by Terence Keegan
There are several obvious distinctions between Amazon’s newly announced Kindle Fire tablet and Apple’s iPad, with price perhaps chief among them (via Bloomberg Businessweek). But another notable difference is how each company envisions the marketplace for digital entertainment going forward.
With the Kindle Fire, Amazon is emphasizing easy access to the company’s cloud-based movie and TV streaming services—Kindle Fire purchasers receive a free month of membership in Amazon Prime—as well as Amazon’s Cloud Player for digital music. Apple, in contrast, still encourages iPad users to “fill” their devices with downloads of music, movies, and TV shows.
Apple’s position could change when the company fully rolls out its iCloud service this fall. But at present, iCloud only promises download access to content that a user has purchased — as opposed to streaming access, which Amazon has offered from the start with its cloud services.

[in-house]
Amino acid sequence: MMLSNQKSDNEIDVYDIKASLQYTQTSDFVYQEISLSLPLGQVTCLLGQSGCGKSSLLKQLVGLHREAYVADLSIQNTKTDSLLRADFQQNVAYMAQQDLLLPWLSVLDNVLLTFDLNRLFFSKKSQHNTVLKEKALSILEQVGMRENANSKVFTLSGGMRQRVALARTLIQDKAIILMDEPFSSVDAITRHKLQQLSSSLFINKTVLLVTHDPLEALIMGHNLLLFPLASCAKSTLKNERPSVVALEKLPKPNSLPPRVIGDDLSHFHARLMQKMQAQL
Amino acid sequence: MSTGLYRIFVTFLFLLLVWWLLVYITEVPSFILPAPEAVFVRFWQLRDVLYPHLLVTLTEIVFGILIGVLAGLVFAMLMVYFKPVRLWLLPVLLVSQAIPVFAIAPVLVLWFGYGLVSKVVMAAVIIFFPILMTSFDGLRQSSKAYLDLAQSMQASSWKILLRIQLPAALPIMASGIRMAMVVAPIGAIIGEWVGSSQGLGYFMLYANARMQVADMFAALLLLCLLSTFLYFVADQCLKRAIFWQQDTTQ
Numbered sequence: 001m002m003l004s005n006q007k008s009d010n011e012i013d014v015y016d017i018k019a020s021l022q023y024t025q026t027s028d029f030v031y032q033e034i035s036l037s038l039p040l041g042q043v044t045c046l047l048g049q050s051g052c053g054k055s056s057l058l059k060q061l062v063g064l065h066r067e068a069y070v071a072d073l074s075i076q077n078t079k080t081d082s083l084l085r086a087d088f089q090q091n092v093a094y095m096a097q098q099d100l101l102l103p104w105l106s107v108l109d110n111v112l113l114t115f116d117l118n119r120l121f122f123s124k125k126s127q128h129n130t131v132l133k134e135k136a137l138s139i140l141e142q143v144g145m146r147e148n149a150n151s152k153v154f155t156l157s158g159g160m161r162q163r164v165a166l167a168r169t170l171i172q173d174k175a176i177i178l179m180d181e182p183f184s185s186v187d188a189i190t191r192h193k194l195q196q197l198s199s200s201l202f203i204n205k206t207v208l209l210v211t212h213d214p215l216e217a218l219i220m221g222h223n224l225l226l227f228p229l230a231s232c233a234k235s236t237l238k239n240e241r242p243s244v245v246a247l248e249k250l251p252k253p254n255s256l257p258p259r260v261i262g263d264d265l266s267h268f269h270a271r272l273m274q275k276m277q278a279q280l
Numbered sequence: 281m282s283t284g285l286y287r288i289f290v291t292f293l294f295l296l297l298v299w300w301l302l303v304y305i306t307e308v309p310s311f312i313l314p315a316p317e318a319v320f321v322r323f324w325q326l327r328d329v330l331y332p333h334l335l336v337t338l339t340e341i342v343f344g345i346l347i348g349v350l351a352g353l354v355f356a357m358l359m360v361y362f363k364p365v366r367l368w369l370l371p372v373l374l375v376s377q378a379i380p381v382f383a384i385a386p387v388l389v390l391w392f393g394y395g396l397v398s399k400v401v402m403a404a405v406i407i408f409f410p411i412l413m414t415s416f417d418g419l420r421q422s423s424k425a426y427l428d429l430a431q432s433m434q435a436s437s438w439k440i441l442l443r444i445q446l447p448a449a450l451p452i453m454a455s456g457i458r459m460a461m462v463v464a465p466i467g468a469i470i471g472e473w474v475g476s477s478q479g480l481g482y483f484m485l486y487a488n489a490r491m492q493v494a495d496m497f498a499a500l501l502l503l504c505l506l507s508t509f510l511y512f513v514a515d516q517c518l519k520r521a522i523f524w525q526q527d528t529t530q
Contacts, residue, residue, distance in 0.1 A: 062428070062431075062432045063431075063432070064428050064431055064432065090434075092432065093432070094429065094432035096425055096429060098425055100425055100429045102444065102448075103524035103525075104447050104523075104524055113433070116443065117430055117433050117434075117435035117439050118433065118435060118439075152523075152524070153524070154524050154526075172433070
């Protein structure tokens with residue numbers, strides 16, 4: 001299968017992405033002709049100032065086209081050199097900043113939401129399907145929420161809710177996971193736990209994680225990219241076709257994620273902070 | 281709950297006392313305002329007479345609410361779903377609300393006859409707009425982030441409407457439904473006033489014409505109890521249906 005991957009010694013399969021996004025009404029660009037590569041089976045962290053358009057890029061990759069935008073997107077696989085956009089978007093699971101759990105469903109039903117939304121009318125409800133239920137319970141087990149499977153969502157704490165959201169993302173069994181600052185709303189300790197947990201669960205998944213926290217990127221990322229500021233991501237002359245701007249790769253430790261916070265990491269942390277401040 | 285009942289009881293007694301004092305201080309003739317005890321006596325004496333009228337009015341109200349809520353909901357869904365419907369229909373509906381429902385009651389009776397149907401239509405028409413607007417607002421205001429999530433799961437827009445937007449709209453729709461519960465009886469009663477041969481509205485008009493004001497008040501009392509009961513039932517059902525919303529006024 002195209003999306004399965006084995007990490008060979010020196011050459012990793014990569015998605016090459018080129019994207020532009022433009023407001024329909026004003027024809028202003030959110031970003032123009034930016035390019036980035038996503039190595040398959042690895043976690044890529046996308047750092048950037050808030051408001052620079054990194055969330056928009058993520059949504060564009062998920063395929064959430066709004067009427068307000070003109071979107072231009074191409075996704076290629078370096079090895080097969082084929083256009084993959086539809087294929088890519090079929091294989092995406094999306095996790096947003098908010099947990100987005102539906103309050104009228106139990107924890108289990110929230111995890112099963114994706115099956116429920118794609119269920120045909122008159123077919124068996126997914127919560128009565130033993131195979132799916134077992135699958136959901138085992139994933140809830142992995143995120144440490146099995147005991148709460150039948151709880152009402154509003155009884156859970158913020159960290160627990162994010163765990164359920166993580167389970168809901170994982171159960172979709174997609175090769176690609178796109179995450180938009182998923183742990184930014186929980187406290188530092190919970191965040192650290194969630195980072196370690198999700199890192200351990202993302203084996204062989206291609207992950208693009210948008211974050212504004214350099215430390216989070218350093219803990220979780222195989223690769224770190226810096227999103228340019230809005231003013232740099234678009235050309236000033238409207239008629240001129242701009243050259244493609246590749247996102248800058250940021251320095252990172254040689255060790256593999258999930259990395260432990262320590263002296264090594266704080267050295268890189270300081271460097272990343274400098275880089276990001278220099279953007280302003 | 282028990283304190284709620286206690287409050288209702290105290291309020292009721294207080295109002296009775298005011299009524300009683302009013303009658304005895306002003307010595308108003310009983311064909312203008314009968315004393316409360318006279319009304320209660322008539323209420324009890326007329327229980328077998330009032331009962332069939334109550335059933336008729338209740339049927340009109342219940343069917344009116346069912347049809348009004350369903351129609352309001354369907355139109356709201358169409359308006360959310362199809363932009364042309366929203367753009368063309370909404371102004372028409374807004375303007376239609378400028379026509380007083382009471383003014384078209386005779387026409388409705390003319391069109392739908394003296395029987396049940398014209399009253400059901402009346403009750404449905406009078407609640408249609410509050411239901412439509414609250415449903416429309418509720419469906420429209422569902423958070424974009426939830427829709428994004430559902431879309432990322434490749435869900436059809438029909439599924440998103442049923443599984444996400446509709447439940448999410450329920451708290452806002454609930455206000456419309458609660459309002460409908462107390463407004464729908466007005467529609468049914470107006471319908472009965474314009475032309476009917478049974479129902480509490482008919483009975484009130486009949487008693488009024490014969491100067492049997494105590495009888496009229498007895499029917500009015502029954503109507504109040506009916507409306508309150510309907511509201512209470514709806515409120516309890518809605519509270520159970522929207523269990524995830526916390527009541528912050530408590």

Kindle Fire users also will be able to begin watching a video stream on their tablet, then resume streaming on their home (Internet-connected) television, in an expansion of the “Whispersync” technology that Amazon already offers for its Kindle e-books.
The company will start shipping the $199 Kindle Fire on Nov. 15. The device features a 7-inch display, smaller than that of the iPad (the cheapest of which sells for $499; unlike the Kindle Fire, the iPad also includes a camera and microphone).